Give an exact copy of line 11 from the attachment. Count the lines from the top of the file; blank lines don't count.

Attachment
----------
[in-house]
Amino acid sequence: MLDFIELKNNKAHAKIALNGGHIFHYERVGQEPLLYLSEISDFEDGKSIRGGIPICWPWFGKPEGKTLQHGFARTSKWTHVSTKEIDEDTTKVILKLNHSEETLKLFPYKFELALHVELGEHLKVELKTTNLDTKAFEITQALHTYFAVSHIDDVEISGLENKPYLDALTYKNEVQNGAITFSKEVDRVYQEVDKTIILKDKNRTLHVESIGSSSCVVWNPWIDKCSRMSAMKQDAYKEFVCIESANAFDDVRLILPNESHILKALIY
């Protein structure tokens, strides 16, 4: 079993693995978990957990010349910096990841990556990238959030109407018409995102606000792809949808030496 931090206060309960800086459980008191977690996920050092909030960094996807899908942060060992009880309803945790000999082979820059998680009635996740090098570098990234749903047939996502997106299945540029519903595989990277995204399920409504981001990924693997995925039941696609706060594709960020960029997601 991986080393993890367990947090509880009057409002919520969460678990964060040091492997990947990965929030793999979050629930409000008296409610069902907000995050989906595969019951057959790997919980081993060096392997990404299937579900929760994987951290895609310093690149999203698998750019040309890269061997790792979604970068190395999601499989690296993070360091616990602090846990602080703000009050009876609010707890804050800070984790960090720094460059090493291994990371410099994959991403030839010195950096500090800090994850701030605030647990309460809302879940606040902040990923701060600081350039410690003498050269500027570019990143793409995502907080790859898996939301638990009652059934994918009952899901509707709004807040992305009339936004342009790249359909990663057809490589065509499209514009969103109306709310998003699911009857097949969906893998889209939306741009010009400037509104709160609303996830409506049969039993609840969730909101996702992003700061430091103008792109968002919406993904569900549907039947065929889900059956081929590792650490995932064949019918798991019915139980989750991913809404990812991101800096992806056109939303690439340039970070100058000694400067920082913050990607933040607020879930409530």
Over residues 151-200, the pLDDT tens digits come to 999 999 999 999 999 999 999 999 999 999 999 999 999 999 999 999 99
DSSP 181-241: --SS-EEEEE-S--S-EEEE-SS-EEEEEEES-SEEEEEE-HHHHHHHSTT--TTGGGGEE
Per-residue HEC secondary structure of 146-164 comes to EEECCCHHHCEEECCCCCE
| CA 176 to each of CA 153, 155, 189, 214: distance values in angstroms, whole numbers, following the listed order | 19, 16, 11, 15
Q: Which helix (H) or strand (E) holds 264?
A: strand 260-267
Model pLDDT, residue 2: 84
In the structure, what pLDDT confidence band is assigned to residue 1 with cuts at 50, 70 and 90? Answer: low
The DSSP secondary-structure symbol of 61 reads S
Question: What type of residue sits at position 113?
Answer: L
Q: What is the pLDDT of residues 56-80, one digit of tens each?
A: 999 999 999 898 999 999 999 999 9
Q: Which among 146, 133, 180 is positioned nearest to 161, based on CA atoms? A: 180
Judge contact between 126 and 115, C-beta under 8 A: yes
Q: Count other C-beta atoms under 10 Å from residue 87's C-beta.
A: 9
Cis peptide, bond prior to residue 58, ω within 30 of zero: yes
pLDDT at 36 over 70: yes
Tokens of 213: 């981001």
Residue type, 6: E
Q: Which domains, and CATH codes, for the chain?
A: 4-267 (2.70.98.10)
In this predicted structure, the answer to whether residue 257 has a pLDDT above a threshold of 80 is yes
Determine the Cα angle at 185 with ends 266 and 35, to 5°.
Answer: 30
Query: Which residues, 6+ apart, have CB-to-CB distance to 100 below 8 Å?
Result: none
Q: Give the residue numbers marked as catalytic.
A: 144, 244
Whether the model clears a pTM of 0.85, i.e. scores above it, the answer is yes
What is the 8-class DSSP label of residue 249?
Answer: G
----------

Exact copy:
In the structure, what pLDDT confidence band is assigned to residue 1 with cuts at 50, 70 and 90? Answer: low